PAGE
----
What’s new in Breast Imaging – September 2020

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Nonmass Enhancement Breast Lesions: Diagnostic Performance of Kinetic Assessment on Ultrafast and Standard Dynamic Contrast-Enhanced MRI in Comparison With Morphologic Evaluation

Mori, N., Sheth, D., & Abe, H. (2020).

American Journal of Roentgenology, 215(2), 511-518.

Link: https://pubmed.ncbi.nlm.nih.gov/32452698/

In this study, authors sought to determine if kinetic parameters from ultrafast and standard dynamic contrast-enhanced MRI (DCE-MRI) can differentiate benign from malignant nonmass enhancement (NME) when compared to lesion morphology. Seventy-seven consecutive patients with NME (54 malignant and 23 benign) underwent breast MRI. Experienced breast radiologists evaluated NME morphology and assigned each lesion a malignancy likelihood score from 0-100%. Kinetic parameters were calculated for both ultrafast and standard DCE-MRI and compared between benign and malignant lesions. Compared to benign lesions, malignant lesions had higher morphologic malignancy likelihood scores (p<0.0001). Malignant lesions had statistically significantly higher values compared to benign lesions for the following parameters: rate of signal increase, upper limit of signal intensity, AUC30 (integration of kinetic curve from 0 to 30 seconds), and initial slope of kinetic curve on ultrafast DCE-MRI. Additionally, signal enhancement ratio (SER) and initial enhancement rate on standard DCE-MRI were significantly greater for malignant lesions. However, there was no statistically significant difference between morphologic score, AUC 30, or SER. The authors concluded that when differentiating between benign and malignant NME, kinetic parameters on DCE-MRI were as efficacious as morphologic characterization.

 

Left–right breast asymmetry and risk of screen-detected and interval cancers in a large population-based screening population

Hudson, S. M., Wilkinson, L. S., Stavola, B. L., & Dos-Santos-Silva, I. (2020).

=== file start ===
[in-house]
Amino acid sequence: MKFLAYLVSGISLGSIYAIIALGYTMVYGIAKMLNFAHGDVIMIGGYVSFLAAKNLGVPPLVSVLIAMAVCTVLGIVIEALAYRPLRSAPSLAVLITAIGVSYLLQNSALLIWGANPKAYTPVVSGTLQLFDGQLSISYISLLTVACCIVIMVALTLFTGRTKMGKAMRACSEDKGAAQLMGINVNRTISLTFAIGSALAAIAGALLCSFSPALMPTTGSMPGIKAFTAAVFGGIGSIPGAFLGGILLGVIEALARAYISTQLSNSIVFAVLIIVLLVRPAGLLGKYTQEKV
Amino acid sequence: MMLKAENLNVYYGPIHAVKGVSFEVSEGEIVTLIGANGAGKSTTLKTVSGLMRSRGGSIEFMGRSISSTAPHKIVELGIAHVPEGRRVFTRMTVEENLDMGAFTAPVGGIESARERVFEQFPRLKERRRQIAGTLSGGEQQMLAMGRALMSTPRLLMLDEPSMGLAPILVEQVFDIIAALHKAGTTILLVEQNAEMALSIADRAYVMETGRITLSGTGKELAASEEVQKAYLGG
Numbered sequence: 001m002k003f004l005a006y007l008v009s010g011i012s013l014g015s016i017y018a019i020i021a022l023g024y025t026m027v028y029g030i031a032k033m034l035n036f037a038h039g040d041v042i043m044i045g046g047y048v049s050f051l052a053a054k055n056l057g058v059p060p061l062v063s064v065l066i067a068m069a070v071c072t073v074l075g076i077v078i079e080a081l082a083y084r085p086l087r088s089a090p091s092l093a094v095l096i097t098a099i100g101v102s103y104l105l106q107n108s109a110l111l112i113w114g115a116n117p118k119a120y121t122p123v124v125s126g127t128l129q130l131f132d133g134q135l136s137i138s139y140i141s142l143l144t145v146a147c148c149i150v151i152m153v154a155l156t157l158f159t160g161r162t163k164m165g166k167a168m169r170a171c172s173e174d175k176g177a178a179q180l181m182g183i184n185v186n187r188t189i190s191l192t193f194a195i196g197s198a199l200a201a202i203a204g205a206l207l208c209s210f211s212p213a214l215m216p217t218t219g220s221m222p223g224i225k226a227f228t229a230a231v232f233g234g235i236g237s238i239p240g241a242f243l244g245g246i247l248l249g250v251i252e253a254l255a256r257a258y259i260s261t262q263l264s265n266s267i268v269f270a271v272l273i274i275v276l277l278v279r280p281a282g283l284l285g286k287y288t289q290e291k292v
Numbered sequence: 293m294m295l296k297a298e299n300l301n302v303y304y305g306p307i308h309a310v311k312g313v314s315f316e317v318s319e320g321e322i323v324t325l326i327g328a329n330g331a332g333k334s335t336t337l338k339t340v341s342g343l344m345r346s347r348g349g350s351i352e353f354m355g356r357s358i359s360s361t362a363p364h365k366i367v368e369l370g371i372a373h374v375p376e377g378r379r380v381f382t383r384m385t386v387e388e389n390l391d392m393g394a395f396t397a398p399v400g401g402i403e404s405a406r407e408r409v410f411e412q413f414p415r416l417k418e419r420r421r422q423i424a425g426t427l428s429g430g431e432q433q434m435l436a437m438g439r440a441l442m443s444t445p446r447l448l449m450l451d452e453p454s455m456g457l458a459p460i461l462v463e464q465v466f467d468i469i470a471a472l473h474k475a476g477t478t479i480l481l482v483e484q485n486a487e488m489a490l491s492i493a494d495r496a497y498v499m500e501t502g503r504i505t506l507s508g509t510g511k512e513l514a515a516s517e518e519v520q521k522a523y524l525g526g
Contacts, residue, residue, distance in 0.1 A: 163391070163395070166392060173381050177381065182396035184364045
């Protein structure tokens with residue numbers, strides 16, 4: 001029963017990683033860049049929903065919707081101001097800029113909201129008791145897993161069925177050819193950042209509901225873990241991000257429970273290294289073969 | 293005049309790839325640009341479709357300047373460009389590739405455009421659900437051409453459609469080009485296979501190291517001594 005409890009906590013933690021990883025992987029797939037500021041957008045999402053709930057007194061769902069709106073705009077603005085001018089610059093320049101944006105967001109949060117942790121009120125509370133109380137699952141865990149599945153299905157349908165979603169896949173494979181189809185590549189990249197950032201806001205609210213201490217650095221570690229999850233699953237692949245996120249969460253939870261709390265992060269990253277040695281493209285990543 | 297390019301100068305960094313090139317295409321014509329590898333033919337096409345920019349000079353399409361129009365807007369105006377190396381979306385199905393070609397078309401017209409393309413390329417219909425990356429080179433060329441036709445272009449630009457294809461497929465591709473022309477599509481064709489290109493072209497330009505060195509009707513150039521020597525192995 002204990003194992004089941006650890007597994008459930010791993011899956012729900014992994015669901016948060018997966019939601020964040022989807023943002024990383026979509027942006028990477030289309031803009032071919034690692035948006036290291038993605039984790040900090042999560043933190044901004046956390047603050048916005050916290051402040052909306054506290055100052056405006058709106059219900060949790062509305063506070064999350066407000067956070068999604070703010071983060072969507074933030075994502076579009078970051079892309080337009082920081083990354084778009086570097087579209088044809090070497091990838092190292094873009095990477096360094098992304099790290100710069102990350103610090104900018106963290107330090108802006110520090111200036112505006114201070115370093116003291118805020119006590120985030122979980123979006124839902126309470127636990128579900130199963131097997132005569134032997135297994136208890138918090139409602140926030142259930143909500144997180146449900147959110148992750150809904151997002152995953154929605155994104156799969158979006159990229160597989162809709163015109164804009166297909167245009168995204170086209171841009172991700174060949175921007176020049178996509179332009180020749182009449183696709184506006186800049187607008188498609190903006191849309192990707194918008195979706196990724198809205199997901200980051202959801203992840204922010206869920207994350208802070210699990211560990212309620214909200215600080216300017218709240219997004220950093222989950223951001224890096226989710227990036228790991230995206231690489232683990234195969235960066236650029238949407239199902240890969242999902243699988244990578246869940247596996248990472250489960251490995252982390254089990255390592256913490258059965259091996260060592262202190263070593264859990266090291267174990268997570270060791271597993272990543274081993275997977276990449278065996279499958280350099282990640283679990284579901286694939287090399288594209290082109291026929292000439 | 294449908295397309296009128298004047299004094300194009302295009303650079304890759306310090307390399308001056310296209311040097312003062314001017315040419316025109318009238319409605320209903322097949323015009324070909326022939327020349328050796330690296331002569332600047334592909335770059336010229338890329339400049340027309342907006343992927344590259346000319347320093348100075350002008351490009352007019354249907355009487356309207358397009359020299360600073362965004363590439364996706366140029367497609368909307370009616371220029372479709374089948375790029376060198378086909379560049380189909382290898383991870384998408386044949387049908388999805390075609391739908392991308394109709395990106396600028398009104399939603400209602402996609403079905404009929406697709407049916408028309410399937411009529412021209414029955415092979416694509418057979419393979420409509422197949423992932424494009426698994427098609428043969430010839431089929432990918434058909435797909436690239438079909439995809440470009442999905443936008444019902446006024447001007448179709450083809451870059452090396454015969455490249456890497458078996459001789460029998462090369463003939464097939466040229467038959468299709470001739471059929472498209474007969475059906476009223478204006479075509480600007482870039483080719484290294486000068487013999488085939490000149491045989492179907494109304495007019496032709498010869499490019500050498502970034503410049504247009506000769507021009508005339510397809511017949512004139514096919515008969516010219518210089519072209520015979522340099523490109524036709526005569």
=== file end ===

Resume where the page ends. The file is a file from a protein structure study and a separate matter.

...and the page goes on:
The British Journal of Radiology, 93(1112), 20200154.

Link: https://pubmed.ncbi.nlm.nih.gov/32525693/

In this study, authors sought to investigate the relationship between mammographic asymmetry and breast cancer detection at various time intervals. Automated calculations from nearly 80,000 mammographic images were utilized to determine asymmetrical dense volume (DV) and breast volume (BV) in a large ethnically diverse population of a UK breast cancer screening program. The association between asymmetry measurements and the odds of breast cancer detection on a contemporaneous (same day) screen were calculated using logistic regression models. Additionally, nested case-control studies determined the association between breast asymmetries and breast cancer detection at subsequent screenings or between screenings (interval diagnosis). The authors discovered a positive association between the odds of contemporaneous breast cancer and asymmetrical DV (but not BV), with a stronger association for first-time screens. There was a positive association between odds of interval cancer detection and both BV and DV asymmetry. Neither BV nor DV asymmetry were associated with increased odds of cancer detection on subsequent screens. The authors concluded that the risk of contemporaneous or interval breast cancer diagnosis is associated with increased DV asymmetry. Likewise, interval breast cancer diagnosis is positively associated with BV asymmetry.

 

Does contrast-enhanced ultrasound (CEUS) play a better role in diagnosis of breast lesions with calcification? A comparison with MRI.

Pan, J., Tong, W., Luo, J., Liang, J., Pan, F., Zheng, Y., & Xie, X. (2020).

The British Journal of Radiology, 93(1112), 20200195.

Link: https://pubmed.ncbi.nlm.nih.gov/32463295/

In this study, the authors sought to compare the diagnostic efficiency of contrast-enhanced ultrasound BI-RADS (CEUS-BI-RADS) to MRI-BI-RADS in diagnosing breast lesions with calcifications. Fifty-one patients were included in the study, and 52 breast lesions with calcifications were detected on ultrasound as hyperechoic foci. Each lesion was assigned a BI-RADS 3-5 score on conventional ultrasound. Patients then underwent CEUS and MRI and received additional BI-RADS classifications. Among the three modalities, the authors did not find a statistically significant difference in sensitivity or area under ROC (p>0.05). However, the authors did find that the specificity and accuracy of CEUS-BI-RADS were significantly greater compared to US-BI-RADS and MRI-BI-RADS (p<0.05). The authors concluded that the use of CEUS-BI-RADS increased diagnostic efficacy of breast lesions with calcifications when compared to MRI-BI-RADS.